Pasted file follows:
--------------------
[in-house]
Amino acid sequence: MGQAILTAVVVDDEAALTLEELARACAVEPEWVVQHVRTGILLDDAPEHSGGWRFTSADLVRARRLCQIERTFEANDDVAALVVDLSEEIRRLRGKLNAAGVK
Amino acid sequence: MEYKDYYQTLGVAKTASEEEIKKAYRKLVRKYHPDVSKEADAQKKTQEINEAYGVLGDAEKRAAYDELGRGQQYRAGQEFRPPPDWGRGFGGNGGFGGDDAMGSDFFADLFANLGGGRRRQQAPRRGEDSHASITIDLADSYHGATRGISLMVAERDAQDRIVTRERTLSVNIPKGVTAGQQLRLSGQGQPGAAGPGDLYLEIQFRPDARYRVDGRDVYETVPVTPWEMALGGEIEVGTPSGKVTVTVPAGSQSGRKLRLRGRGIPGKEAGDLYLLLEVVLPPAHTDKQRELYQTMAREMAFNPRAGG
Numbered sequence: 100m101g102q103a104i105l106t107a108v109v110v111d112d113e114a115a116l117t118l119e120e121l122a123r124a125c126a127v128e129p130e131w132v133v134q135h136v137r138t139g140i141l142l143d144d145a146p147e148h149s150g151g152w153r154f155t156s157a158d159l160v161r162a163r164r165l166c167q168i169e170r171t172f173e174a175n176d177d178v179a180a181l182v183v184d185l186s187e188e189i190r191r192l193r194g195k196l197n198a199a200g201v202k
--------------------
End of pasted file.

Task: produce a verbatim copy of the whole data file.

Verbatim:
[in-house]
Amino acid sequence: MGQAILTAVVVDDEAALTLEELARACAVEPEWVVQHVRTGILLDDAPEHSGGWRFTSADLVRARRLCQIERTFEANDDVAALVVDLSEEIRRLRGKLNAAGVK
Amino acid sequence: MEYKDYYQTLGVAKTASEEEIKKAYRKLVRKYHPDVSKEADAQKKTQEINEAYGVLGDAEKRAAYDELGRGQQYRAGQEFRPPPDWGRGFGGNGGFGGDDAMGSDFFADLFANLGGGRRRQQAPRRGEDSHASITIDLADSYHGATRGISLMVAERDAQDRIVTRERTLSVNIPKGVTAGQQLRLSGQGQPGAAGPGDLYLEIQFRPDARYRVDGRDVYETVPVTPWEMALGGEIEVGTPSGKVTVTVPAGSQSGRKLRLRGRGIPGKEAGDLYLLLEVVLPPAHTDKQRELYQTMAREMAFNPRAGG
Numbered sequence: 100m101g102q103a104i105l106t107a108v109v110v111d112d113e114a115a116l117t118l119e120e121l122a123r124a125c126a127v128e129p130e131w132v133v134q135h136v137r138t139g140i141l142l143d144d145a146p147e148h149s150g151g152w153r154f155t156s157a158d159l160v161r162a163r164r165l166c167q168i169e170r171t172f173e174a175n176d177d178v179a180a181l182v183v184d185l186s187e188e189i190r191r192l193r194g195k196l197n198a199a200g201v202k